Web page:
...and to continue my ramblings about beans I thought I might share a few thoughts on some of our pole varieties. Among the new additions to our garden this past season were Purple Podded and Rattlesnake pole beans. Even with spring conditions conducive to bean planting ours got off to a slow start but come August they were growing like gangbusters, surprising us with a decent amount of dry beans by fall. Luckily, the weather graced us with an extended summer without which we may not have been as fortunate.
I planted a 55' row comprised of the aforementioned two plus my old favorite, Kentucky Wonder. We strung a tall trellis of fencing wire down the row and planted the beans on each side. For whatever reason many of them, especially the Rattlesnake and Kentucky, had to be replanted numerous times due to poor germination. I even waited extra long to plant this year, making sure the soil was warm and the rains had passed. Of the three, I was most impressed with how the purple beans turned out, especially considering they were stuck at the shady end of the garden and took the longest of the three to produce a sizable bean.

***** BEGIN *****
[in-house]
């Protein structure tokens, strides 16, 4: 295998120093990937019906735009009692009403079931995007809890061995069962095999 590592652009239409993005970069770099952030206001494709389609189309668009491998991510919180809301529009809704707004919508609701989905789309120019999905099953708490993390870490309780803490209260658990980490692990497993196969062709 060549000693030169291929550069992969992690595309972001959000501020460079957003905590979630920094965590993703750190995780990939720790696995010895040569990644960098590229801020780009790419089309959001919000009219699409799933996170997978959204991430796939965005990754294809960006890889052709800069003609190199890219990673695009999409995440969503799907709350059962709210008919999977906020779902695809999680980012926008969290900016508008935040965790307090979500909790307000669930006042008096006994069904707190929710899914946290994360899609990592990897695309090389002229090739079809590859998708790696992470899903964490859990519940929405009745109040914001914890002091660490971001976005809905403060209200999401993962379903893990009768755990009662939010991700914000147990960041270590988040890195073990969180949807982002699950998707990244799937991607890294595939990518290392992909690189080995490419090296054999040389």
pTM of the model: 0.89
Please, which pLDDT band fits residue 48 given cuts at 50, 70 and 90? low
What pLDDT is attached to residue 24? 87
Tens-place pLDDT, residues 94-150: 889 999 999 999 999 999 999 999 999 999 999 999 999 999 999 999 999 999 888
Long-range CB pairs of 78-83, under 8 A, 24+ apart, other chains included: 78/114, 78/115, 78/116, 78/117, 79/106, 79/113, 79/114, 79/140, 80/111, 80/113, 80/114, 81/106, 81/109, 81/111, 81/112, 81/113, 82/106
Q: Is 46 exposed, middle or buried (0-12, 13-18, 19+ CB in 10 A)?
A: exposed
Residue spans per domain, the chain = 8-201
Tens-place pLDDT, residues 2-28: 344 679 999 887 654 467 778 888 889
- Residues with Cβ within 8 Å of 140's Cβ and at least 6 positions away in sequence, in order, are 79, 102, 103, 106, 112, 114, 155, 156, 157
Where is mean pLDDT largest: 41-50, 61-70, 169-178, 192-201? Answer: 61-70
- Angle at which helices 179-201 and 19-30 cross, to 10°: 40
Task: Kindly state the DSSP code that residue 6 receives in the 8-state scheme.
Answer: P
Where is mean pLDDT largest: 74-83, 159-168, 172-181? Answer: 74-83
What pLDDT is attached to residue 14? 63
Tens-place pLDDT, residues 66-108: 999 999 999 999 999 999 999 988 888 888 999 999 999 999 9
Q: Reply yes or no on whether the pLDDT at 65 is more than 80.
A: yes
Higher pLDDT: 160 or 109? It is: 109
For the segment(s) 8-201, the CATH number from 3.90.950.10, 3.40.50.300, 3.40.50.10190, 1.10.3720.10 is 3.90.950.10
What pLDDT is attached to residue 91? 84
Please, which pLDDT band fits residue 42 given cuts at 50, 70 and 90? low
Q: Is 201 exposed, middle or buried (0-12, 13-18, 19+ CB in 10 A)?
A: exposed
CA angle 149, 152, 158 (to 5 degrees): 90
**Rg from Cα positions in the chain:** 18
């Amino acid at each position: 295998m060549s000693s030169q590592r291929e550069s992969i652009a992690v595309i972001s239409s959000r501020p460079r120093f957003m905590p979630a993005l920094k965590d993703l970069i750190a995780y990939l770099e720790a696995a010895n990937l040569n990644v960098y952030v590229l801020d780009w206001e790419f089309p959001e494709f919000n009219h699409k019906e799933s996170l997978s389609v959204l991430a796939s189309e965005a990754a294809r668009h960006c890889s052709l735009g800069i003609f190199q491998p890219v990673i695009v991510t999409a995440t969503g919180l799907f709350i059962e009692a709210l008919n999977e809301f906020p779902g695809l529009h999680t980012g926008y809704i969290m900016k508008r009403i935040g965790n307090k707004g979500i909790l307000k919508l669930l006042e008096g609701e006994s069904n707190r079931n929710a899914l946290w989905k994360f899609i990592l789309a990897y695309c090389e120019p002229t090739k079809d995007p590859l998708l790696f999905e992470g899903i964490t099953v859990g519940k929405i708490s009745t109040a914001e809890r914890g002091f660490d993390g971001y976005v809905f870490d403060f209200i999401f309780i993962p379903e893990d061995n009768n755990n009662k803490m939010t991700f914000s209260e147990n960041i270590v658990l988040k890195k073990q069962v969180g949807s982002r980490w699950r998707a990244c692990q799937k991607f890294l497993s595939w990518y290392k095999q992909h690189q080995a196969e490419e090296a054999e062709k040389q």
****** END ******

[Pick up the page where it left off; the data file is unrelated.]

I also grew some of the Rattlesnakes up my tomato cages, planting about three per tomato plant. That worked out quite well and was a great way to obtain a couple more buckets of (un-shelled) beans from the garden. They even helped hold the tomatoes up a bit...sort of.
In the end, Kentucky Wonder was my worst performer, normally it's my best. For more years than I can remember we have been saving their seed and growing these beans in a somewhat shady location in another garden plot. However, this year they were granted a prime location in the main garden. I almost wonder if the sun was too much for them, while this is highly questionable I'm at a loss as to what may have caused their less than usual beaniness.
Something I did notice this summer was how harsh the sun was on many of our plants, even burning and drying some of the leaves...and our garden is pretty shaded as it is. The eggplants, although they put out a superior product, looked less than lovely because of this and many of our brassicas also suffered from the dry leaf issue only recovering after the weather had cooled. Fewer aphids on the cole crops and a whole lot of ladybugs helped make up for the ugliness, that was nice for a change. Each year is so very different from the last. I suppose these challenges and occasional frustrations are what help make gardening such an interesting experience for the two of us.